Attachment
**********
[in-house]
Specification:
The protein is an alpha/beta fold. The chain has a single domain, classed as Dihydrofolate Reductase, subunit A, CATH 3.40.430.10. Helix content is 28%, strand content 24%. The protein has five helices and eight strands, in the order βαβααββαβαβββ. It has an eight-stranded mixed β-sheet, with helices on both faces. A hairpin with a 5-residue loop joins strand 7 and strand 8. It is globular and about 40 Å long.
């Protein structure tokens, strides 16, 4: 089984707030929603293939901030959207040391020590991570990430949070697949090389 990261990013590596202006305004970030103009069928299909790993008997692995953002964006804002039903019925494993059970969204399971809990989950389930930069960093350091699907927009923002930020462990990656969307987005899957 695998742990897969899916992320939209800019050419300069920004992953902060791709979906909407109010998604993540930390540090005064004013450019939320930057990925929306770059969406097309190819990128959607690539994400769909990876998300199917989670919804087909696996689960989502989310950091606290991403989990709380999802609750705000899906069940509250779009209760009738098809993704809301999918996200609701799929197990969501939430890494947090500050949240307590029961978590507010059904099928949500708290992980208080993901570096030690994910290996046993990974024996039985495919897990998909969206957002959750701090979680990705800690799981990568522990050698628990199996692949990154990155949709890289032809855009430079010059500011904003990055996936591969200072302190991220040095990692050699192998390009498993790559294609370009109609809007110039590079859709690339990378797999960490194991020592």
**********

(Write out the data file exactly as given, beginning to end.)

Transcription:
[in-house]
Specification:
The protein is an alpha/beta fold. The chain has a single domain, classed as Dihydrofolate Reductase, subunit A, CATH 3.40.430.10. Helix content is 28%, strand content 24%. The protein has five helices and eight strands, in the order βαβααββαβαβββ. It has an eight-stranded mixed β-sheet, with helices on both faces. A hairpin with a 5-residue loop joins strand 7 and strand 8. It is globular and about 40 Å long.
């Protein structure tokens, strides 16, 4: 089984707030929603293939901030959207040391020590991570990430949070697949090389 990261990013590596202006305004970030103009069928299909790993008997692995953002964006804002039903019925494993059970969204399971809990989950389930930069960093350091699907927009923002930020462990990656969307987005899957 695998742990897969899916992320939209800019050419300069920004992953902060791709979906909407109010998604993540930390540090005064004013450019939320930057990925929306770059969406097309190819990128959607690539994400769909990876998300199917989670919804087909696996689960989502989310950091606290991403989990709380999802609750705000899906069940509250779009209760009738098809993704809301999918996200609701799929197990969501939430890494947090500050949240307590029961978590507010059904099928949500708290992980208080993901570096030690994910290996046993990974024996039985495919897990998909969206957002959750701090979680990705800690799981990568522990050698628990199996692949990154990155949709890289032809855009430079010059500011904003990055996936591969200072302190991220040095990692050699192998390009498993790559294609370009109609809007110039590079859709690339990378797999960490194991020592």